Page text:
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Messages - Mike Bennett

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True, we as a corporate body did not conclude anything from scriptures. I have my conclusions from scriptures. You have your conclusions from scriptures.

Tim Christ writes: In May of 2009 I commented: The leisured wealth of the western world has succeeded primarily, it would seem to me, in throwing narcissitic gasoline on an already ego-centristic individualism run amok. Brians "individualistic" exegetical posture simply affirms same and I continue to stand by that observation.

And I argue that the "individualistic" exegetical posture comes from Luther. I'm not saying that it's good or bad, but Luther placed his own interpretation of scripture and tradition against the teaching of the Church in his day, he set in motion the individualism that we have today. The fact that the ELCA was unwilling to establish a ministerium or to give the Conference of Bishops any power and authority continues the practice of giving individuals power and authority.

Except that Luther's interpretion was grounded in Augustine, Bernard of Clairvaux, and other leading theologians of the Church, and did not "do a new thing" as much as return to a very old thing and bring it to light in a new day.

Yes, that was the interpretation that Luther and his followers put on his "reforms". That isn't how their opponents looked at them.

So you admit that you and the other "new things" folks are actually opponents of Luther?  That's the coolest thing since the 2009 Social Statement admitted in writing that it contradicts 2000 years of Church teaching.

Mike Bennett

Pastor Hahn writes:
One must recognize that Pastor Stoffregen's references to "Luther" really have little to do with the 15th century Augustinian monk and Wittenberg professor who sought to address the abuses of the medieval church he witnessed in Saxony by an appeal to the authority of Holy Scripture.

I respond:
No, "one" need not recognize that at all. And once again we have a someone denouncing a comment simply because a certain person made it. Sad. And unfair.


Your Turn / Re: The Bible Summarized in Only a Few Words
« on: October 08, 2010, 04:26:49 PM »
I must admit I'm not too enchanted by this "Scripture proofs of Nicene Creed" kitsch.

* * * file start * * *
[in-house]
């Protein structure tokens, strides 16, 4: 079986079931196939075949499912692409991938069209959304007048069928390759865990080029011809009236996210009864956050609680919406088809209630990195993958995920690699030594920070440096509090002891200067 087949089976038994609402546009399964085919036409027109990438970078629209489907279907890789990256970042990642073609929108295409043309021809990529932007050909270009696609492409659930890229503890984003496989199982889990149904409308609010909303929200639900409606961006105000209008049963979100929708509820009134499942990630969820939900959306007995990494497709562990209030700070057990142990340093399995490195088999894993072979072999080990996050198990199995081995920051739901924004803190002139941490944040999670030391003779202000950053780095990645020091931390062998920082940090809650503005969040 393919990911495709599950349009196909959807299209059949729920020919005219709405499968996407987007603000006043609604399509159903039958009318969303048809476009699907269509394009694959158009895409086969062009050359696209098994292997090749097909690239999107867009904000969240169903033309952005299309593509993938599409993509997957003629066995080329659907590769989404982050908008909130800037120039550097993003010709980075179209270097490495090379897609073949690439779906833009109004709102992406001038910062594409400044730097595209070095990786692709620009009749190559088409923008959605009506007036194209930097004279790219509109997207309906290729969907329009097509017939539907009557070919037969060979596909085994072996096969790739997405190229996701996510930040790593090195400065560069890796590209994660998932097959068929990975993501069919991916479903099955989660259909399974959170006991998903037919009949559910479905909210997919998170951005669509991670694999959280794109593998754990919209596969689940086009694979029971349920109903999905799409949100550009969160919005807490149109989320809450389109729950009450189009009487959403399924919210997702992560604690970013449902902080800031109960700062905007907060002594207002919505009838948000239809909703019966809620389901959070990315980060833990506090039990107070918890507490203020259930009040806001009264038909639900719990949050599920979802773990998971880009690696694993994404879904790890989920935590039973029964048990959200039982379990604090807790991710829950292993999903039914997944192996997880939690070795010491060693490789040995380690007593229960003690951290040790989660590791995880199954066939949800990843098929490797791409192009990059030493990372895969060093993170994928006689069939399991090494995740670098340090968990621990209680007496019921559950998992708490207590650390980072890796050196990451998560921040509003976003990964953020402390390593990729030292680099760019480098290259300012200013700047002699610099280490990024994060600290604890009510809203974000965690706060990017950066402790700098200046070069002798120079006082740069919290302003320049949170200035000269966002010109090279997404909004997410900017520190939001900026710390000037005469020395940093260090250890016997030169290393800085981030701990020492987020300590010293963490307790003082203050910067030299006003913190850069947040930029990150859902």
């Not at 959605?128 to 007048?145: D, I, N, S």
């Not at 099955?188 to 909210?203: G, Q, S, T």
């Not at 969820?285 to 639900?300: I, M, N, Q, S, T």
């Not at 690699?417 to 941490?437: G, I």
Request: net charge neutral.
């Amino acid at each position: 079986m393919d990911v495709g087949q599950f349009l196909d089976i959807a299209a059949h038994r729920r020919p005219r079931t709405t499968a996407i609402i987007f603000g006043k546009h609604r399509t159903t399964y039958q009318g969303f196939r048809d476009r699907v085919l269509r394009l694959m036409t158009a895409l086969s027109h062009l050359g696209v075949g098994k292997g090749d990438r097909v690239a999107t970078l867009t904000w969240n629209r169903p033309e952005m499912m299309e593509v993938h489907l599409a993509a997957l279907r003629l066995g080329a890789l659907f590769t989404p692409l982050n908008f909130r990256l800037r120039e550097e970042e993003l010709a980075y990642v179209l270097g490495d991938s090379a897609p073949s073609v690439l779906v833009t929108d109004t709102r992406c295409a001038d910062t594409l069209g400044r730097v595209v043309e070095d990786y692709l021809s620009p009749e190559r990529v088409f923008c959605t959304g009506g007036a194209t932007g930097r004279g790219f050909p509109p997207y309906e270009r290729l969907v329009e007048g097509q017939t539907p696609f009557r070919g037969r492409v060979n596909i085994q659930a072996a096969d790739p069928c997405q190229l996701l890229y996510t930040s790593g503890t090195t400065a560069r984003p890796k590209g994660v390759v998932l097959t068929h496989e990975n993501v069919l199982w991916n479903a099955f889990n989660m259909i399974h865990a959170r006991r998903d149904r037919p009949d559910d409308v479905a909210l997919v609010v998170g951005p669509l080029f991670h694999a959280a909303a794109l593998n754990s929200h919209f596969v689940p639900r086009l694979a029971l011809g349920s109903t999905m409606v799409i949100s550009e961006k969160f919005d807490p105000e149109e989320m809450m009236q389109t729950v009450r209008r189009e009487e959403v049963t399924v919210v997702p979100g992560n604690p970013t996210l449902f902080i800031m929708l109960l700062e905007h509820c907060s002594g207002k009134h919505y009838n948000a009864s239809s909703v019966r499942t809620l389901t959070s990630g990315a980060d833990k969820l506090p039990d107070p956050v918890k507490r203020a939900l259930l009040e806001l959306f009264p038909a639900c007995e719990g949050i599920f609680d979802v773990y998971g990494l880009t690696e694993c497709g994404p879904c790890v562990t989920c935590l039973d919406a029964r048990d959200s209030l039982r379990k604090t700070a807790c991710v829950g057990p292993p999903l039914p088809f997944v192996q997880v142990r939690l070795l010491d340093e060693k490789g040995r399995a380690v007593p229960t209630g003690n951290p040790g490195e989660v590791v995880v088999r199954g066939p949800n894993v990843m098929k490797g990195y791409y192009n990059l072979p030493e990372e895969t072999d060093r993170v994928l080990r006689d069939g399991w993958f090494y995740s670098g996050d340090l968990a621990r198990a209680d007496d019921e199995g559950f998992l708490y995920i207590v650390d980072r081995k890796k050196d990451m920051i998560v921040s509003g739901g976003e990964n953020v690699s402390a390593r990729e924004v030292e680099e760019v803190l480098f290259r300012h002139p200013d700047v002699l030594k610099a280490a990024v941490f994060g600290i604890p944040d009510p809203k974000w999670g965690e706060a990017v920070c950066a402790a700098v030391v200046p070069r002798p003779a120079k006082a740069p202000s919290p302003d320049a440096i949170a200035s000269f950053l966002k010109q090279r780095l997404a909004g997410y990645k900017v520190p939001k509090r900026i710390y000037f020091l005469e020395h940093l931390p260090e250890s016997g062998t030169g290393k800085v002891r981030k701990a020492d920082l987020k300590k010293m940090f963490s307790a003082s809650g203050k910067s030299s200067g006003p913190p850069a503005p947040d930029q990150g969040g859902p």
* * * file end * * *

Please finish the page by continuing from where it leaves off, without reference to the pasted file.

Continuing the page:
Well la dee da!

Perhaps if you'd spent 9 months with a college roommate's Jehovah's Witnesses tutor visiting every Wednesday night with a passle of crap about how the Nicene Creed was just made up by the (shudder!) pope, and how we must go direct to scripture to learn how we're not allowed to vote or have blood transfusions, and never mind that popish creed, you be more enchanted.  Or not.

Mike Bennett

Your Turn / Re: The Bible Summarized in Only a Few Words
« on: October 08, 2010, 12:38:34 PM »
"I've carried around an "annotated Nicene Creed" whose origen I don't remember. "

I always thought that Origen was ante-Nicene :)

Apropos of nothing perhaps:

At one of those overly-secure bank web sites where you get to pick a picture for your password screen to make you warm and comfy you're on the authentic site, I picked a nice picture of a pelican, because I was tired of always picking the picture of the dog.  But in the place where you type the description of the image, I entered "pelikan."  It was months later that I realized what I'd done.

Mike Bennett

Your Turn / Re: The Bible Summarized in Only a Few Words
« on: October 08, 2010, 12:33:51 PM »
"I've carried around an "annotated Nicene Creed" whose origen I don't remember. "

I always thought that Origen was ante-Nicene :)

A nice thing about the "modify" button is that errors can be made deniable.    8)

Mike Bennett

Your Turn / Re: The Bible Summarized in Only a Few Words
« on: October 08, 2010, 11:58:23 AM »

The Nicene Creed According to the Scriptures

I Believe
Rom. 10:9, Jas 2:19, John 14:1


I've carried around an "annotated Nicene Creed" whose origin I don't remember.  It shares some of the above Scripture references but many of the two don't overlap.  Here it is for anybody who wants to devote the labor to combining the two to produce a Nicene Creed with even more Scripture references.  I just might do it myself.

We believe (Rom 10:8-10; 1 Jn 4:15)
in one God, (Dt 6:4; Heb 11:6; 1 Co 8:4-6; Rom 3:29-31; Eph 4:6.)
the Father, (Mt 6:9; 1 Cor 8:6)
the Almighty, (Ex 6:3; Rev. 1:8 )
maker of heaven and earth, (Ex. 20:11; Gen 1; Gen. 2)
of all that is, seen and unseen. (Jer 32:17; Col 1:15-16)

We believe in one Lord, (Acts 10:36)
Jesus (Matt. 1:21)
Christ (Jn 4:25-26; Acts 11:17)
the only Son of God, (Mt 14:33; 16:16; John 1:14)
eternally begotten of the Father, (Jn 1:2; 1:18; 3:16; 1 Jn 4:9)